GBS disease

Group B streptococcal (GBS) disease

A common bacterial infection that is potentially life-threatening if transmitted to a fetus during early pregnancy or birth.
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Following this case of GBS disease, the hospital implemented a universal screening strategy While universal screening increases costs for cultures and antibiotic treatment, cost analyses show that only 8% more women are treated with antibiotics with universal screening than with risk-based screening.
The reasons for differences in rates of GBS disease between countries may include demographic differences, socioeconomic factors, and variations in clinical practices, such as the frequency of taking blood cultures in diagnostic examinations.
These new findings suggest that further declines in early-onset GBS disease could result if physicians fully embraced the guidelines.
Therefore, we set out to further characterize GBS disease in Blantyre District in Malawi.
Although the incidence of GBS disease has declined substantially, it remains the leading cause of serious infection in newborns (1).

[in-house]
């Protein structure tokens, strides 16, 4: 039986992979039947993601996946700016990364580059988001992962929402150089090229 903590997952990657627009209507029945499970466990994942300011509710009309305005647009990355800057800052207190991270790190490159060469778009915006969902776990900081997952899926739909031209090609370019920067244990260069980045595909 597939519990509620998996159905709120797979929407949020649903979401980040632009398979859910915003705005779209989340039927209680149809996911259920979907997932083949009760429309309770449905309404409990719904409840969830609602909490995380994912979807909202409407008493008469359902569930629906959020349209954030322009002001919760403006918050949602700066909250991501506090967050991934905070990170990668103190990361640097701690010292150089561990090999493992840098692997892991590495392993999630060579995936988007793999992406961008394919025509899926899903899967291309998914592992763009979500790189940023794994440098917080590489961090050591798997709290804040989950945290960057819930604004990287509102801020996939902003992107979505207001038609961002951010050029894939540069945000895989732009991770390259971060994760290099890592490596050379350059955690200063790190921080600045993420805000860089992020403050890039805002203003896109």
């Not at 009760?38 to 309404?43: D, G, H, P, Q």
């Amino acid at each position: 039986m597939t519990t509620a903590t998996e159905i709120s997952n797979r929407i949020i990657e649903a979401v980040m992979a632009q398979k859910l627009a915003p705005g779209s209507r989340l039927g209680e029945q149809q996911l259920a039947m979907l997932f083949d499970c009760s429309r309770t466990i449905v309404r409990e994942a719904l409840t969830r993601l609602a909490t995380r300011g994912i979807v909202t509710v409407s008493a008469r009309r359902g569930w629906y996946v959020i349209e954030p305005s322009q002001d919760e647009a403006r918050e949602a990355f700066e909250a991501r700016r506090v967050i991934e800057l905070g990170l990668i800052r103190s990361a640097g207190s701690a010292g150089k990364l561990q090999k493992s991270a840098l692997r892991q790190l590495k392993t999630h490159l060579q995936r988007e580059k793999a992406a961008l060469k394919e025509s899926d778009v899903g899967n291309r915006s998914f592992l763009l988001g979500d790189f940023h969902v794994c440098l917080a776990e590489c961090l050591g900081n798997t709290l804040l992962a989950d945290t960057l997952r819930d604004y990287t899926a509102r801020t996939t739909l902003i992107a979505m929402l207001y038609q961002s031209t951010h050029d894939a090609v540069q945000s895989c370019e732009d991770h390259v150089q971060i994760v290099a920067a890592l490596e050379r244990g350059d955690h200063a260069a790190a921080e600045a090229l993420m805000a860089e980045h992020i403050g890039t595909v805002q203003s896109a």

Premature infants are at highest risk for severe GBS disease.
Since its emergence in the 1970s, GBS disease has been the leading invasive bacterial infection associated with illness and death among newborns in the United States.
As a result, the Centers for Disease Control have stated that "intrapartum chemoprophylaxis is not a permanent or comprehensive strategy for GBS disease prevention," and that "further work on GBS vaccine development is warranted.
In multivariate analysis, the risk for early-onset GBS disease in the screening cohort was less than half that seen with the risk-based method (relative risk 0.
early onset GBS disease affects around 400 babies a year.
Jane Plumb, chief executive of Group B Strep Support, says: "It's In the UK, early onset GBS disease AROUND a quarter of pregnant women unknowingly carry a bacterial infection that can kill their newborn baby.